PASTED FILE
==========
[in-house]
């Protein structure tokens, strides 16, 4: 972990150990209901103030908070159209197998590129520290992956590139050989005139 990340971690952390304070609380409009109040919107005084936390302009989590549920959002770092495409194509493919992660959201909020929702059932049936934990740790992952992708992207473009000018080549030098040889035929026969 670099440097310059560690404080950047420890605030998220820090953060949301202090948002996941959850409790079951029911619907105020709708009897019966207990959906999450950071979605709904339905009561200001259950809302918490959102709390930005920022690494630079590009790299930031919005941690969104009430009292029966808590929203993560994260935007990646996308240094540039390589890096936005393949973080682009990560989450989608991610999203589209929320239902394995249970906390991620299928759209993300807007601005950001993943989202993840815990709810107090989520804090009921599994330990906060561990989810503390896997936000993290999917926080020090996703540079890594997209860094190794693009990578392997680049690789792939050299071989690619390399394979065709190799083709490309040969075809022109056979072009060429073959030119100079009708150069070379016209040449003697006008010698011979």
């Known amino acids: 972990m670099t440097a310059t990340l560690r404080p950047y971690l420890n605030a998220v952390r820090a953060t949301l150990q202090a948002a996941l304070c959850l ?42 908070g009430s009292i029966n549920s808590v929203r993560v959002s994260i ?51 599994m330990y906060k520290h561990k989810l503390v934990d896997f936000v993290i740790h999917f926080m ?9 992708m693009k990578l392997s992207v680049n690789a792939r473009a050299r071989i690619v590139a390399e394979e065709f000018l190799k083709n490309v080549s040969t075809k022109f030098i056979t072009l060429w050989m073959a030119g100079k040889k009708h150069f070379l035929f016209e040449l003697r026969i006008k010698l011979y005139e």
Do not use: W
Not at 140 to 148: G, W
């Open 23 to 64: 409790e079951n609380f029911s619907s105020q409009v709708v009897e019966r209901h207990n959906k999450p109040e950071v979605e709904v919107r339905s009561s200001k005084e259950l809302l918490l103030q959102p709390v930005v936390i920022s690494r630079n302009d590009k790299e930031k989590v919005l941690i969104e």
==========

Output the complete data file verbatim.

[in-house]
């Protein structure tokens, strides 16, 4: 972990150990209901103030908070159209197998590129520290992956590139050989005139 990340971690952390304070609380409009109040919107005084936390302009989590549920959002770092495409194509493919992660959201909020929702059932049936934990740790992952992708992207473009000018080549030098040889035929026969 670099440097310059560690404080950047420890605030998220820090953060949301202090948002996941959850409790079951029911619907105020709708009897019966207990959906999450950071979605709904339905009561200001259950809302918490959102709390930005920022690494630079590009790299930031919005941690969104009430009292029966808590929203993560994260935007990646996308240094540039390589890096936005393949973080682009990560989450989608991610999203589209929320239902394995249970906390991620299928759209993300807007601005950001993943989202993840815990709810107090989520804090009921599994330990906060561990989810503390896997936000993290999917926080020090996703540079890594997209860094190794693009990578392997680049690789792939050299071989690619390399394979065709190799083709490309040969075809022109056979072009060429073959030119100079009708150069070379016209040449003697006008010698011979």
């Known amino acids: 972990m670099t440097a310059t990340l560690r404080p950047y971690l420890n605030a998220v952390r820090a953060t949301l150990q202090a948002a996941l304070c959850l ?42 908070g009430s009292i029966n549920s808590v929203r993560v959002s994260i ?51 599994m330990y906060k520290h561990k989810l503390v934990d896997f936000v993290i740790h999917f926080m ?9 992708m693009k990578l392997s992207v680049n690789a792939r473009a050299r071989i690619v590139a390399e394979e065709f000018l190799k083709n490309v080549s040969t075809k022109f030098i056979t072009l060429w050989m073959a030119g100079k040889k009708h150069f070379l035929f016209e040449l003697r026969i006008k010698l011979y005139e």
Do not use: W
Not at 140 to 148: G, W
């Open 23 to 64: 409790e079951n609380f029911s619907s105020q409009v709708v009897e019966r209901h207990n959906k999450p109040e950071v979605e709904v919107r339905s009561s200001k005084e259950l809302l918490l103030q959102p709390v930005v936390i920022s690494r630079n302009d590009k790299e930031k989590v919005l941690i969104e």